Westminster Abbey charges £27 per ticket—even God might baulk at that price


A research trip for my book (on British art, out next year) took me to Westminster Abbey. £27 for an adult ticket! £32 if you visit the museum. The Abbey points out, not unreasonably, that it receives no funding from the Church of England or government. Considering the number of major state events held there—the Queen’s funeral, the imminent coronation—you wonder whether it is fair to place such a financial burden on the Abbey’s visitors.

But if ever a ticket price reflected British history, it is the Abbey’s. In Paris, you pay for the Louvre, but Notre-Dame is free (at least it was, before the fire). In London, we insist the British Museum is free, but don’t mind paying to enter Westminster Abbey. France had a Revolution, Britain had a Reformation.

And yet, Westminster Abbey has never really had much to do with God. When Henry III began his great reconstruction of the Abbey in 1245 he was less interested in the spiritual health of the nation than in the projection of his own royal power. Twenty-five years earlier, when just a boy, he watched the body of St Thomas Becket—killed at the behest of his grandfather, Henry II—being moved with great ceremony to a new jewel-encrusted shrine in Canterbury Cathedral. Becket’s cult drew pilgrims from across Europe, and the Church profited greatly. It even sold “Thomas Water”, holy water supposedly mixed with Becket’s blood and promoted as a cure-all, better than anything a doctor could do (which in those days was probably true).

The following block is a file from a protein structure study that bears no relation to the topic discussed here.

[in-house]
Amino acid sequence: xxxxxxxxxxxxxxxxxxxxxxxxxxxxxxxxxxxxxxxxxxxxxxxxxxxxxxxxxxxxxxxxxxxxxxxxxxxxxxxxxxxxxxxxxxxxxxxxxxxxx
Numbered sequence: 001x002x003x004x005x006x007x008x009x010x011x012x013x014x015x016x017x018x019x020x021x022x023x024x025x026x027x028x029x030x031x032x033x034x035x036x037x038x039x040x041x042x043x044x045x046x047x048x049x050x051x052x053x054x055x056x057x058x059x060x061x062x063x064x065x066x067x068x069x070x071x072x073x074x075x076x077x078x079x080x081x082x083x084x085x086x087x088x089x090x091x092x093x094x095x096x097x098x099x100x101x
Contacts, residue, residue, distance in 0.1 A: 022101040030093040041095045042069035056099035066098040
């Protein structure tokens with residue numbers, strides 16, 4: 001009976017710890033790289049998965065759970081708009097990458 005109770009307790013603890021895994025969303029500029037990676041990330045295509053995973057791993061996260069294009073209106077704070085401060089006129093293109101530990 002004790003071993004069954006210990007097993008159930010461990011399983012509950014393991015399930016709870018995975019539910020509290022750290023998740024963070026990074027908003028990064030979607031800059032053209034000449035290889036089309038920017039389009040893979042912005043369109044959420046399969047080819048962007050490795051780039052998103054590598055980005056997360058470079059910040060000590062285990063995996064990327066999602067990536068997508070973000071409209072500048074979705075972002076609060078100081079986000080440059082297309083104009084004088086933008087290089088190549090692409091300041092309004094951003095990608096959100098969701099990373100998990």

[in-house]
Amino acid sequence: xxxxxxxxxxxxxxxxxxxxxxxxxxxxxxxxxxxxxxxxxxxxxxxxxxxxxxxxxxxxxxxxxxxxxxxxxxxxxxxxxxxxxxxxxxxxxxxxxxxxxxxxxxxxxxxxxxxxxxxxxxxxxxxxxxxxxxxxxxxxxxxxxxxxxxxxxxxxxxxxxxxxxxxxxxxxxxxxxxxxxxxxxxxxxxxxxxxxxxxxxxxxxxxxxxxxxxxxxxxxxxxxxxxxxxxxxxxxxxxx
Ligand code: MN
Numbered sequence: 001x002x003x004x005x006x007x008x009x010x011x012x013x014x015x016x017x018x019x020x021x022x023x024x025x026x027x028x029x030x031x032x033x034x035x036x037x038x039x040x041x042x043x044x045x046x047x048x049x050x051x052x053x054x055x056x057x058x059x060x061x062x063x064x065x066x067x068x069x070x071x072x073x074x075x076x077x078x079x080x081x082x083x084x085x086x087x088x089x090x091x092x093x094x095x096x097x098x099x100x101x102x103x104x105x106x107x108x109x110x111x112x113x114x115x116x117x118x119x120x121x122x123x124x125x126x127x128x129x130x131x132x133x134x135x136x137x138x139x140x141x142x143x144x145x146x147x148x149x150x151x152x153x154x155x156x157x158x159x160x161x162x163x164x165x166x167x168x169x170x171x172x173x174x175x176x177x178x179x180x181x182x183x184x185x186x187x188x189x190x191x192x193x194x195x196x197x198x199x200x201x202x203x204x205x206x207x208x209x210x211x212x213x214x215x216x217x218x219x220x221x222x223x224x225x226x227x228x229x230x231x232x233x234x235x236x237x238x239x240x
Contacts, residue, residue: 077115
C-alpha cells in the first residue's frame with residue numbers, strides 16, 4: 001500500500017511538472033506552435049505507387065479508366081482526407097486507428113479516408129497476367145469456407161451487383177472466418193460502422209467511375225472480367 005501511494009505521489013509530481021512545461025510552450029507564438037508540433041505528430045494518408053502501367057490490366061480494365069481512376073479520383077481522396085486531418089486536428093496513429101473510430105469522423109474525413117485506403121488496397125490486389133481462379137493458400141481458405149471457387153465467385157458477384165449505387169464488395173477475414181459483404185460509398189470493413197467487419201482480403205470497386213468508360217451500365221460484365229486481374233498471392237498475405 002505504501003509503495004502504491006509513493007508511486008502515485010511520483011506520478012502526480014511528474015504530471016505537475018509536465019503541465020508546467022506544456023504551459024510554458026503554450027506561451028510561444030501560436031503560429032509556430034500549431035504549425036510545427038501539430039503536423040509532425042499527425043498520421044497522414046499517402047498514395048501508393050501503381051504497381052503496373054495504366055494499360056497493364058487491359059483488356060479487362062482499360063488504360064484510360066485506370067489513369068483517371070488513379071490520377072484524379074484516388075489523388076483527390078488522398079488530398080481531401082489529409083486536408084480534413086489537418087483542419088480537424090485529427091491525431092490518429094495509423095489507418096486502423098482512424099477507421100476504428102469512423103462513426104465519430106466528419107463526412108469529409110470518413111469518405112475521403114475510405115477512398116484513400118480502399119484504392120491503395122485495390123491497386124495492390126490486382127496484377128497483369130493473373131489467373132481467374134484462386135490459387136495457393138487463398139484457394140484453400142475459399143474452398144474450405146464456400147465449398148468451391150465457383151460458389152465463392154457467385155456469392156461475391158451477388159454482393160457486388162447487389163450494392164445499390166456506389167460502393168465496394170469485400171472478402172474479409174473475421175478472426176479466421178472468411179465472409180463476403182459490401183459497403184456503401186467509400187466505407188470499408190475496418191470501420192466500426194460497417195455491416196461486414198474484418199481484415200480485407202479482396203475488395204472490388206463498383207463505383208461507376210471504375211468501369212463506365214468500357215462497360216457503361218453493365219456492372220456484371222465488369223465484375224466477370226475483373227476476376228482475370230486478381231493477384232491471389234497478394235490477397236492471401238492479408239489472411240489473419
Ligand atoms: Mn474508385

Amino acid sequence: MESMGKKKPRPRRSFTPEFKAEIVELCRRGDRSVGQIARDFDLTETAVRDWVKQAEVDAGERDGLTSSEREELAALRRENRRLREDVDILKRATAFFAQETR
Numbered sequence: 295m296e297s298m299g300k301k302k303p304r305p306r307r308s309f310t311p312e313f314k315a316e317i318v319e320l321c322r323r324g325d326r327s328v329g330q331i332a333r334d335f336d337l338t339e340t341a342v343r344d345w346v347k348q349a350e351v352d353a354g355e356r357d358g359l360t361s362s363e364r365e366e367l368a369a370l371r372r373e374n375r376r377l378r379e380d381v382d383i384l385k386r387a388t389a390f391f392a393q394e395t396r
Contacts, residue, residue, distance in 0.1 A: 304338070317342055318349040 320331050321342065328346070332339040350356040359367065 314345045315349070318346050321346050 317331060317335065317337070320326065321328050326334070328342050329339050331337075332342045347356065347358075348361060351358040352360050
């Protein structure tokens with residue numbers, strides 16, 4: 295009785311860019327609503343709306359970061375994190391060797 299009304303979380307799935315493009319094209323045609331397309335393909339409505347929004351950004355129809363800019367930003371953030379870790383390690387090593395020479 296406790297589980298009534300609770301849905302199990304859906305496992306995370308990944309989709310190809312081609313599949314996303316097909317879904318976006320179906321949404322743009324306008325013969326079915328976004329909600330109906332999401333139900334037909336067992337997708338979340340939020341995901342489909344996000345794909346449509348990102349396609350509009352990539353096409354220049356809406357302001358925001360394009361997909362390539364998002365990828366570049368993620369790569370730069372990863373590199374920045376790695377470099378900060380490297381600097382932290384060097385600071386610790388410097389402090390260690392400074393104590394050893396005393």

But no king, even a young one, could easily tolerate the veneration of a saint who stood for resistance to royal authority. As the cult of Becket grew, Henry decided to act. Conveniently, England’s only royal saint, Edward the Confessor, was buried at Westminster Abbey, in a pre-Conquest building he had begun himself. Henry had it demolished and rebuilt at the cost of at least £40,000, a sum greater than his entire income in some years.

Cult of the Confessor

Henry also acquired new relics for Westminster, including a sample of Christ’s own blood. Doubts were immediately raised about its authenticity, but when it performed its one recorded miracle the king ordered bells in the city to be rung. In 1269 Edward’s body was placed in a new shrine behind the high altar, but the cult of the Confessor never took off.

The Abbey we see today is largely Henry’s creation. He was so exacting in his creative demands—specifying everything from its architecture to interior details such as altar cloths—that he can largely be credited with its production. These days, he would probably even qualify as an artist, leader of a royal ‘collective’. The Abbey’s French design—much narrower and taller than English cathedrals—reflects Henry’s desire to compete with the latest French buildings. A poem attributed to Henry records his reaction to seeing Sainte-Chapelle in Paris, built by his brother-in-law, Louis IX: “By the five wounds of God this same Paris is great/There’s a chapel I covet and must alienate.”

Little remains of Henry’s original interior scheme. The Reformation swept away all the shrines, hangings, sculptures and paintings he diligently oversaw. Over time, the British came to worship different icons, themselves. The Abbey is now so much like a national pantheon, with more than 3,000 memorials to the great and good of British history, that it feels like one of those churches God rarely visits. Perhaps He too disapproves of the price.


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